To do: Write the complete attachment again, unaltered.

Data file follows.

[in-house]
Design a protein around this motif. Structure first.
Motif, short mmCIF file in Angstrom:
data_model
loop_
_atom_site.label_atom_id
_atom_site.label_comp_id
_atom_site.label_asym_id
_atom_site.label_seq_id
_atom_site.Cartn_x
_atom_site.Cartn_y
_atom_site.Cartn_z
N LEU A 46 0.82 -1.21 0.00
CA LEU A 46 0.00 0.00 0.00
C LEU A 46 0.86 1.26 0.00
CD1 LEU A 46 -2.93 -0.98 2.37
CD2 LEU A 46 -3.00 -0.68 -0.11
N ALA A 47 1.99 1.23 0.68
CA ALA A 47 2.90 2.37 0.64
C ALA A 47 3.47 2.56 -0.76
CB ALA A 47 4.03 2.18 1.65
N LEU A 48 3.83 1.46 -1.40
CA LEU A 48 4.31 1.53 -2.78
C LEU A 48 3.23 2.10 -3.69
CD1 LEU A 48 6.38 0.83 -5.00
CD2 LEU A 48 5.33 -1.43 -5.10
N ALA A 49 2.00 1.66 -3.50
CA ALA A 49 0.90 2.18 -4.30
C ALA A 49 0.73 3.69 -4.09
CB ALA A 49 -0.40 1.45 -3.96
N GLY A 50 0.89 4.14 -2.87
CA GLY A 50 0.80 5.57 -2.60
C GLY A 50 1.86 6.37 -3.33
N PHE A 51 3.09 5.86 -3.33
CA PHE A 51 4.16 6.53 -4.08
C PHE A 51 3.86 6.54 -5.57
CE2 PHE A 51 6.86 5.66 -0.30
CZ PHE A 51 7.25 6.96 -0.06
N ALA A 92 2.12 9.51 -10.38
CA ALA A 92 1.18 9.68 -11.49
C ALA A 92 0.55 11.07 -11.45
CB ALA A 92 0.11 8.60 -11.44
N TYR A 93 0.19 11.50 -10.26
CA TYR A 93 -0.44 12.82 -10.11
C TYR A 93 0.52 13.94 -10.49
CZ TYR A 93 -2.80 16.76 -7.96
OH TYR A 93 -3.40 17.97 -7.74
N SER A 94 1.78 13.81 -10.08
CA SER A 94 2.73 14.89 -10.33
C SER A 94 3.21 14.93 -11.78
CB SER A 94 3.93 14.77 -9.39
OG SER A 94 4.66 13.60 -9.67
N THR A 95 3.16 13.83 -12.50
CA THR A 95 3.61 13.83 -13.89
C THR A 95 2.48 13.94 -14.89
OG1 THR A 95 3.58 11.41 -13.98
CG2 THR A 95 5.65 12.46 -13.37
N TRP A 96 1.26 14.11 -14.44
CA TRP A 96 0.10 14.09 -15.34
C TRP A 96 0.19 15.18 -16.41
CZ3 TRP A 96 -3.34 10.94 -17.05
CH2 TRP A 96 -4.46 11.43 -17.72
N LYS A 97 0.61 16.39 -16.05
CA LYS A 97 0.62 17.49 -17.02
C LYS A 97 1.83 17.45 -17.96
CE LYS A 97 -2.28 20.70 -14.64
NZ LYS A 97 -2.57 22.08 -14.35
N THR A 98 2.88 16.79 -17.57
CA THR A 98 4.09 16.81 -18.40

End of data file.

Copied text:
[in-house]
Design a protein around this motif. Structure first.
Motif, short mmCIF file in Angstrom:
data_model
loop_
_atom_site.label_atom_id
_atom_site.label_comp_id
_atom_site.label_asym_id
_atom_site.label_seq_id
_atom_site.Cartn_x
_atom_site.Cartn_y
_atom_site.Cartn_z
N LEU A 46 0.82 -1.21 0.00
CA LEU A 46 0.00 0.00 0.00
C LEU A 46 0.86 1.26 0.00
CD1 LEU A 46 -2.93 -0.98 2.37
CD2 LEU A 46 -3.00 -0.68 -0.11
N ALA A 47 1.99 1.23 0.68
CA ALA A 47 2.90 2.37 0.64
C ALA A 47 3.47 2.56 -0.76
CB ALA A 47 4.03 2.18 1.65
N LEU A 48 3.83 1.46 -1.40
CA LEU A 48 4.31 1.53 -2.78
C LEU A 48 3.23 2.10 -3.69
CD1 LEU A 48 6.38 0.83 -5.00
CD2 LEU A 48 5.33 -1.43 -5.10
N ALA A 49 2.00 1.66 -3.50
CA ALA A 49 0.90 2.18 -4.30
C ALA A 49 0.73 3.69 -4.09
CB ALA A 49 -0.40 1.45 -3.96
N GLY A 50 0.89 4.14 -2.87
CA GLY A 50 0.80 5.57 -2.60
C GLY A 50 1.86 6.37 -3.33
N PHE A 51 3.09 5.86 -3.33
CA PHE A 51 4.16 6.53 -4.08
C PHE A 51 3.86 6.54 -5.57
CE2 PHE A 51 6.86 5.66 -0.30
CZ PHE A 51 7.25 6.96 -0.06
N ALA A 92 2.12 9.51 -10.38
CA ALA A 92 1.18 9.68 -11.49
C ALA A 92 0.55 11.07 -11.45
CB ALA A 92 0.11 8.60 -11.44
N TYR A 93 0.19 11.50 -10.26
CA TYR A 93 -0.44 12.82 -10.11
C TYR A 93 0.52 13.94 -10.49
CZ TYR A 93 -2.80 16.76 -7.96
OH TYR A 93 -3.40 17.97 -7.74
N SER A 94 1.78 13.81 -10.08
CA SER A 94 2.73 14.89 -10.33
C SER A 94 3.21 14.93 -11.78
CB SER A 94 3.93 14.77 -9.39
OG SER A 94 4.66 13.60 -9.67
N THR A 95 3.16 13.83 -12.50
CA THR A 95 3.61 13.83 -13.89
C THR A 95 2.48 13.94 -14.89
OG1 THR A 95 3.58 11.41 -13.98
CG2 THR A 95 5.65 12.46 -13.37
N TRP A 96 1.26 14.11 -14.44
CA TRP A 96 0.10 14.09 -15.34
C TRP A 96 0.19 15.18 -16.41
CZ3 TRP A 96 -3.34 10.94 -17.05
CH2 TRP A 96 -4.46 11.43 -17.72
N LYS A 97 0.61 16.39 -16.05
CA LYS A 97 0.62 17.49 -17.02
C LYS A 97 1.83 17.45 -17.96
CE LYS A 97 -2.28 20.70 -14.64
NZ LYS A 97 -2.57 22.08 -14.35
N THR A 98 2.88 16.79 -17.57
CA THR A 98 4.09 16.81 -18.40